Ford Europe Funds CO2 Conversion Experiment
Ford’s European Research and Innovation Center in Aachen, Germany is leading a €3.5 million research project that will determine the viability of using alternative fuels in a manner that could lead to near zero particulate emission diesel cars that will operate with the same kind of power and performance and typical internal combustion engined vehicles.
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The project is being co-funded by the German government over the course of the next three years with the end goal of testing cars that will be the first to run on dimethyl ether and oxymethylene ether. DME is typically used as a propellant in aerosol spray cans, and OME1 is typically used as a solvent. Both chemicals are intended to be used to propel vehicles based upon the Ford Mondeo platform with near-zero emissions.
“The CO2 produced by a car powered by DME from renewable sources could be comparable to the amount generated by a marathon runner covering the same distance—but with performance similar to a diesel powered vehicle,” said Werner Willems, technical specialist , Powertrain Combustion Systems, Ford of Europe. “This is a project that could help place vehicles with a significantly reduced carbon dioxide and particulate emissions on the market at affordable costs.”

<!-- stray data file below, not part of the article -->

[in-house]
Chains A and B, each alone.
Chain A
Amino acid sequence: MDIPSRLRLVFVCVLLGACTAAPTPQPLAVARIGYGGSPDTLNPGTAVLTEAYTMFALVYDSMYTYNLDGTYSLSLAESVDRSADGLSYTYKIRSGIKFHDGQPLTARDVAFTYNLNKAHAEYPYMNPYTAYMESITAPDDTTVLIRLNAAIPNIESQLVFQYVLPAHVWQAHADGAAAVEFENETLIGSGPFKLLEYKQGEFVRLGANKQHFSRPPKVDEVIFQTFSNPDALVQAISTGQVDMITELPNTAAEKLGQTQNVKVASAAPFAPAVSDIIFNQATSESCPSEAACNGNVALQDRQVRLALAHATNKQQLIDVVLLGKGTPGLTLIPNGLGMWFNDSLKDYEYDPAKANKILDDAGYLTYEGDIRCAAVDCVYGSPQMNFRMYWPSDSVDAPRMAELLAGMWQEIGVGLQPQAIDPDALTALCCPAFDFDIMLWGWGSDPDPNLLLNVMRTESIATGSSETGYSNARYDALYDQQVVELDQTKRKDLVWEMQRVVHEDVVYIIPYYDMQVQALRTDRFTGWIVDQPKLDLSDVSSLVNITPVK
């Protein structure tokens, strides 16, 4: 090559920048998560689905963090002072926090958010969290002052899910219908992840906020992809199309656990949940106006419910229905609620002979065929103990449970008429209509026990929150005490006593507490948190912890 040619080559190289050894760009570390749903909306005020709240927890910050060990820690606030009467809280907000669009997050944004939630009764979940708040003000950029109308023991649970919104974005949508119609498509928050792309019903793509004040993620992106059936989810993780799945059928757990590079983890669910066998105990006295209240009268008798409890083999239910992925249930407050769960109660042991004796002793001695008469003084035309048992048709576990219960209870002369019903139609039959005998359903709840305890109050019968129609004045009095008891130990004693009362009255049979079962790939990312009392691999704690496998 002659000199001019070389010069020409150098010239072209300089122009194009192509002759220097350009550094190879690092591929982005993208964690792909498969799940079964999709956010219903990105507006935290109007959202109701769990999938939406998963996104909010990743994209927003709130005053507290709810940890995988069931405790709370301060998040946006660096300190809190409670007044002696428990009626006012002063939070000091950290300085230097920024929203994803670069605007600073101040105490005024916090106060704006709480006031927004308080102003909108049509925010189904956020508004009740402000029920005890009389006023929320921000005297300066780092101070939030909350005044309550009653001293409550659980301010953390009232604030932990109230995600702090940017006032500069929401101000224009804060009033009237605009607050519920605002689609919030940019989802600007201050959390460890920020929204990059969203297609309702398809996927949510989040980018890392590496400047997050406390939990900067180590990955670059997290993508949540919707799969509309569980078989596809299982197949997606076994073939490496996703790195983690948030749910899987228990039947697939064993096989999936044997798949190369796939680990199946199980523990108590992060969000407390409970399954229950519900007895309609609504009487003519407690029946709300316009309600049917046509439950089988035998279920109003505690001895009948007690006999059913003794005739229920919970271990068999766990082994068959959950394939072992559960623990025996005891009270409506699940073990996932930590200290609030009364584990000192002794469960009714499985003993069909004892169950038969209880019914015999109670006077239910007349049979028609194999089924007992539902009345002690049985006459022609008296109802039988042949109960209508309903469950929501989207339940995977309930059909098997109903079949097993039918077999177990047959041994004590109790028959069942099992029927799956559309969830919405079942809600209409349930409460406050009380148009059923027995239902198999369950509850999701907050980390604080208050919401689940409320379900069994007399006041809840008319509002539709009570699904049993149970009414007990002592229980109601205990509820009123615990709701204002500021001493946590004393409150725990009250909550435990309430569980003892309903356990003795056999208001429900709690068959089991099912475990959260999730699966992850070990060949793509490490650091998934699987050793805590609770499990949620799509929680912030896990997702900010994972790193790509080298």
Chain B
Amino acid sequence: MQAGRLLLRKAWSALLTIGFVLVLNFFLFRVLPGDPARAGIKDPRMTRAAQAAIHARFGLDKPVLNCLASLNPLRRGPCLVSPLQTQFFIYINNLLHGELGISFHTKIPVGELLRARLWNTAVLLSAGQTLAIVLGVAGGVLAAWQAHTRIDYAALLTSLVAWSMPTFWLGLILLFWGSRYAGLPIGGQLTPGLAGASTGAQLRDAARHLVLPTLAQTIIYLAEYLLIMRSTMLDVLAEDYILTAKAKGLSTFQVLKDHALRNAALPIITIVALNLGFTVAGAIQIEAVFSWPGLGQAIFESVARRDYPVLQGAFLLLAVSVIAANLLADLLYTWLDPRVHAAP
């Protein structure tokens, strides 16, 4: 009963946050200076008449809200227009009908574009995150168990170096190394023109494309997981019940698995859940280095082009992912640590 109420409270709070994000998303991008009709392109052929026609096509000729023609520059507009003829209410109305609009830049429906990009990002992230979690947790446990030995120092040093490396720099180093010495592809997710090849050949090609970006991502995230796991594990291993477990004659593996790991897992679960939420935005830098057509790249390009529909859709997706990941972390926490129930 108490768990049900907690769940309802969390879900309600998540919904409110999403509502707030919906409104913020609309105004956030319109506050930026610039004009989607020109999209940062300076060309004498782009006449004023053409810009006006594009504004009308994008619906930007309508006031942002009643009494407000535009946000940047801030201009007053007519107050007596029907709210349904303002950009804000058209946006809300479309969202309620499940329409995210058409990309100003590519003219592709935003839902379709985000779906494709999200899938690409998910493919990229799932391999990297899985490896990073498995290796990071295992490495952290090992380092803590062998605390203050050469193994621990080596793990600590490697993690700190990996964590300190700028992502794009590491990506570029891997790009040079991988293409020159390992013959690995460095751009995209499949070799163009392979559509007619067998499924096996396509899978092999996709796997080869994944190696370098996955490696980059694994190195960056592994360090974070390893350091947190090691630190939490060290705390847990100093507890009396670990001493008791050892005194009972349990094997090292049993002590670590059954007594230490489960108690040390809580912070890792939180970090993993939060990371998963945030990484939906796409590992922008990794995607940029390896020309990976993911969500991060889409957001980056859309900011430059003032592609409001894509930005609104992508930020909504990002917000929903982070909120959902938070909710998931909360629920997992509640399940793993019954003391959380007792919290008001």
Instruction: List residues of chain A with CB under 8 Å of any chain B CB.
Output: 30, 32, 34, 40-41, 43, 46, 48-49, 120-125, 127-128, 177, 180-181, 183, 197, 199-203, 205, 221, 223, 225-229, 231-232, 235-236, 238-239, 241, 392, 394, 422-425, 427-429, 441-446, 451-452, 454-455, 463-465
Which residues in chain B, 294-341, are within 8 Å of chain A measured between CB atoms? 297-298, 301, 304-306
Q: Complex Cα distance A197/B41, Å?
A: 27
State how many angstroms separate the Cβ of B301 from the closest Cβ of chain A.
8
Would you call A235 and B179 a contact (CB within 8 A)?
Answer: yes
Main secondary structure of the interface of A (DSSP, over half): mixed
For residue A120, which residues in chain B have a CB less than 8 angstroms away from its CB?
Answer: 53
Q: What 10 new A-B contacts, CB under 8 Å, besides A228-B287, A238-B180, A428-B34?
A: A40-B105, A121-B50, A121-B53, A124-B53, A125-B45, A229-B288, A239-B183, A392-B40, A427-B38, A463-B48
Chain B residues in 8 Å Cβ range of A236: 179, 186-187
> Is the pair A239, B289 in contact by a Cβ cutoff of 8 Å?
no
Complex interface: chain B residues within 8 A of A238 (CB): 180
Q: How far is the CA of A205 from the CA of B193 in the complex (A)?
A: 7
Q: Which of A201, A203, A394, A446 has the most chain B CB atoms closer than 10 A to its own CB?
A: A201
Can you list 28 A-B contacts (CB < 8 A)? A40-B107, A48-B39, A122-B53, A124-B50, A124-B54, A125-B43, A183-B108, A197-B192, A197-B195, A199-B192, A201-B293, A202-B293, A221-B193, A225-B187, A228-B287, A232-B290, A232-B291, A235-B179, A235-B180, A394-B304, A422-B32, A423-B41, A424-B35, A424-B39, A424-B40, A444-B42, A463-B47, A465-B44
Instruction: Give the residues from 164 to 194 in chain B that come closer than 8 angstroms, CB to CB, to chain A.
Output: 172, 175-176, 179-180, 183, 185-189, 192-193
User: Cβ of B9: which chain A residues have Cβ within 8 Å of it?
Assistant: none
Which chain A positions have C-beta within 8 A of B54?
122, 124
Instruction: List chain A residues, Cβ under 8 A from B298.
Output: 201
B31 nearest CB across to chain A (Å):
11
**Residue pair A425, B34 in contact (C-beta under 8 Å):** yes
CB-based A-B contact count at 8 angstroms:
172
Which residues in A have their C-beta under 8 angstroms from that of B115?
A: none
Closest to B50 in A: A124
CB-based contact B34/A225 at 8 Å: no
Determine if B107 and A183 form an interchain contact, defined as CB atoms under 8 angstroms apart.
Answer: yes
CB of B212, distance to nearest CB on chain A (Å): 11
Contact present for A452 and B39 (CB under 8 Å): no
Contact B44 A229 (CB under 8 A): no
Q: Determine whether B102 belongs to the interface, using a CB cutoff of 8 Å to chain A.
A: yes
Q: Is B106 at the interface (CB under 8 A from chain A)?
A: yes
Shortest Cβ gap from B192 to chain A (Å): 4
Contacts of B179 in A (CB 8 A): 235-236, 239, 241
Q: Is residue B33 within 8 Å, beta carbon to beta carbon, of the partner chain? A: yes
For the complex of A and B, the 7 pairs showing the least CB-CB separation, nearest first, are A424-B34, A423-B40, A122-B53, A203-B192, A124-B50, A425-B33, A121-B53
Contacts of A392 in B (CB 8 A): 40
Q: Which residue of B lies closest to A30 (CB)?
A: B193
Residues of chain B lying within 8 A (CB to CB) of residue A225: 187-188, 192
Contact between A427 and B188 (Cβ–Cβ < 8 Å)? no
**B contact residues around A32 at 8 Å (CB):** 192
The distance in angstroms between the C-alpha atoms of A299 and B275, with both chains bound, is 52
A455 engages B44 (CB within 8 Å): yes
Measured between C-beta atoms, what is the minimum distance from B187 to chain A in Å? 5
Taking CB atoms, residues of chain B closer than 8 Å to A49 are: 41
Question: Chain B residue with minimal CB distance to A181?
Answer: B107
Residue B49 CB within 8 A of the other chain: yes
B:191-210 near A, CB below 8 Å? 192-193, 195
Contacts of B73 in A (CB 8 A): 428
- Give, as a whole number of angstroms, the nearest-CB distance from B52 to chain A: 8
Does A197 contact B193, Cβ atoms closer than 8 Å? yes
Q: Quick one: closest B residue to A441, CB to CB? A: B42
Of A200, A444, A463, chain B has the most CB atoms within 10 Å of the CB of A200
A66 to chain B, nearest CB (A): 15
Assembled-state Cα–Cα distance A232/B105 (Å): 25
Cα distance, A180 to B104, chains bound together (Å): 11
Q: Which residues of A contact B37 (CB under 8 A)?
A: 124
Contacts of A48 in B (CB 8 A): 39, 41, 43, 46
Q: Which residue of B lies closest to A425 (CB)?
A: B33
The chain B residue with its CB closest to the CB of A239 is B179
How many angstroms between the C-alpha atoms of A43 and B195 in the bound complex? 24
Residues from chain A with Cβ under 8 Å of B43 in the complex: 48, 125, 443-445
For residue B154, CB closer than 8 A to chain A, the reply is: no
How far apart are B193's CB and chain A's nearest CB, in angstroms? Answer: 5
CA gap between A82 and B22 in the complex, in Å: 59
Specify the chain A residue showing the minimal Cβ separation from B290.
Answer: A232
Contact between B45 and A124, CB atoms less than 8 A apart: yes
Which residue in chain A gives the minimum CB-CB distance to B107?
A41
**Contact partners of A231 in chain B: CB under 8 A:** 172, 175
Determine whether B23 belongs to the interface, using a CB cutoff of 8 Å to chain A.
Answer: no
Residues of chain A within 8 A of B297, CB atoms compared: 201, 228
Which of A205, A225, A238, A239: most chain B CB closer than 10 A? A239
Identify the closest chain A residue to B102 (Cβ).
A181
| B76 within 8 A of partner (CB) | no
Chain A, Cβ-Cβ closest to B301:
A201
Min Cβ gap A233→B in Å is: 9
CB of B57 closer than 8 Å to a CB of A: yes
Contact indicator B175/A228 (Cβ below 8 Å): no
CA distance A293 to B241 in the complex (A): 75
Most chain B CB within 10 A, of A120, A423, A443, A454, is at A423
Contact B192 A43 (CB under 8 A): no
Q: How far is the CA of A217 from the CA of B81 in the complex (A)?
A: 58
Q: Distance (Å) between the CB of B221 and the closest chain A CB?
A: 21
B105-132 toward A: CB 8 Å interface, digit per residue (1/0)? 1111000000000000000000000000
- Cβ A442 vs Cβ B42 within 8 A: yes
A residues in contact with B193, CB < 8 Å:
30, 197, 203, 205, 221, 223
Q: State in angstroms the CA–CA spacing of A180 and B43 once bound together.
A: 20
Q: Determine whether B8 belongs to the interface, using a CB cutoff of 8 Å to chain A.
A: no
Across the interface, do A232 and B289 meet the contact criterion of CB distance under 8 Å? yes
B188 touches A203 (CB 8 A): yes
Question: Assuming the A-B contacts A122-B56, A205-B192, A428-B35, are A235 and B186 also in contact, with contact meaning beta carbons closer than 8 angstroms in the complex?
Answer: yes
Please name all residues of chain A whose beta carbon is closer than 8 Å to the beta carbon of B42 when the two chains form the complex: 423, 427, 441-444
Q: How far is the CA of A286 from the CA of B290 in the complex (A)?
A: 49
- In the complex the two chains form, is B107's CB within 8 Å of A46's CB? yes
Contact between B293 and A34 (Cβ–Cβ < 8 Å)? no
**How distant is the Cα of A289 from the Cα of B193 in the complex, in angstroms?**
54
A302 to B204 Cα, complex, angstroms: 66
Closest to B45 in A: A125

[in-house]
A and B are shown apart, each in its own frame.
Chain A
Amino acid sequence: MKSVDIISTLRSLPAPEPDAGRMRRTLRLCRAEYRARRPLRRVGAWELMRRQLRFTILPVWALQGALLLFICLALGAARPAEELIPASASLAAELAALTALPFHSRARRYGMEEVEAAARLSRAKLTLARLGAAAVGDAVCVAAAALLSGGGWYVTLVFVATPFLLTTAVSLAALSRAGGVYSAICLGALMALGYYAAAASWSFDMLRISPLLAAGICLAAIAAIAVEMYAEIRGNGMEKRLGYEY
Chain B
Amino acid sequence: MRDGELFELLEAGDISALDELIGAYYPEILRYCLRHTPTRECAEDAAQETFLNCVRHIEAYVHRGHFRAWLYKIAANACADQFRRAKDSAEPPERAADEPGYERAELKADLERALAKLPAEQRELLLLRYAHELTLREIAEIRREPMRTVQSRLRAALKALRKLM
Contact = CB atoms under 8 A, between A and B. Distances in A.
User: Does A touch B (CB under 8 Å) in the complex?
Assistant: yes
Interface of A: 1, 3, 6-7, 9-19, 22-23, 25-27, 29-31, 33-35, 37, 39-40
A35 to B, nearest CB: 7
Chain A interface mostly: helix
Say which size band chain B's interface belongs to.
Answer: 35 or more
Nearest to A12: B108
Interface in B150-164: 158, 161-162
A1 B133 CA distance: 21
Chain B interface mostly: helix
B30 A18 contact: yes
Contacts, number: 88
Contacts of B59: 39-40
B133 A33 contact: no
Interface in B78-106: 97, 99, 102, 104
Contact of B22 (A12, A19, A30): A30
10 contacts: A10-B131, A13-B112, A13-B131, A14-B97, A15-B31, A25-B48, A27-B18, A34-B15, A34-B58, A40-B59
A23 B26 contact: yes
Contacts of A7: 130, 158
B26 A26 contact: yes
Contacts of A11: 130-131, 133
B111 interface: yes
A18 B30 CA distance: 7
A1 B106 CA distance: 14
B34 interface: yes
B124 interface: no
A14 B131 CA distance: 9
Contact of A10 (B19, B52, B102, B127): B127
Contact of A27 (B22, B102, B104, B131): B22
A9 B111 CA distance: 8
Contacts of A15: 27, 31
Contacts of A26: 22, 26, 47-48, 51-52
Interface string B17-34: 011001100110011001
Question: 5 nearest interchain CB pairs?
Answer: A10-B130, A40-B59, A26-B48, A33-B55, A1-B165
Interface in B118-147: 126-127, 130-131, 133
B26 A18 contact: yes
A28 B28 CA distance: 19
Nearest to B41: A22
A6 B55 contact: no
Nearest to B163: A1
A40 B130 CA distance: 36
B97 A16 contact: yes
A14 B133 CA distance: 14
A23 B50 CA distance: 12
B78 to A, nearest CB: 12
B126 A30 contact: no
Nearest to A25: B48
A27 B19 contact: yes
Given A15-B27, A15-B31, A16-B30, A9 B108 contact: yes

Moving forward on the project, the Ford European Research and Innovation center will work in conjunction with: RWTH Aachen University, the Technical University of Munich, FVV, TUEV, DENSO, IAV Automotive Engineering, and Oberon Fuels. It’s worth noting that DME manufactured by Oberon Fuels has been EPA-approved as a biogas-based fuel, which means that this project could ultimately find its way stateside in some form or fashion.
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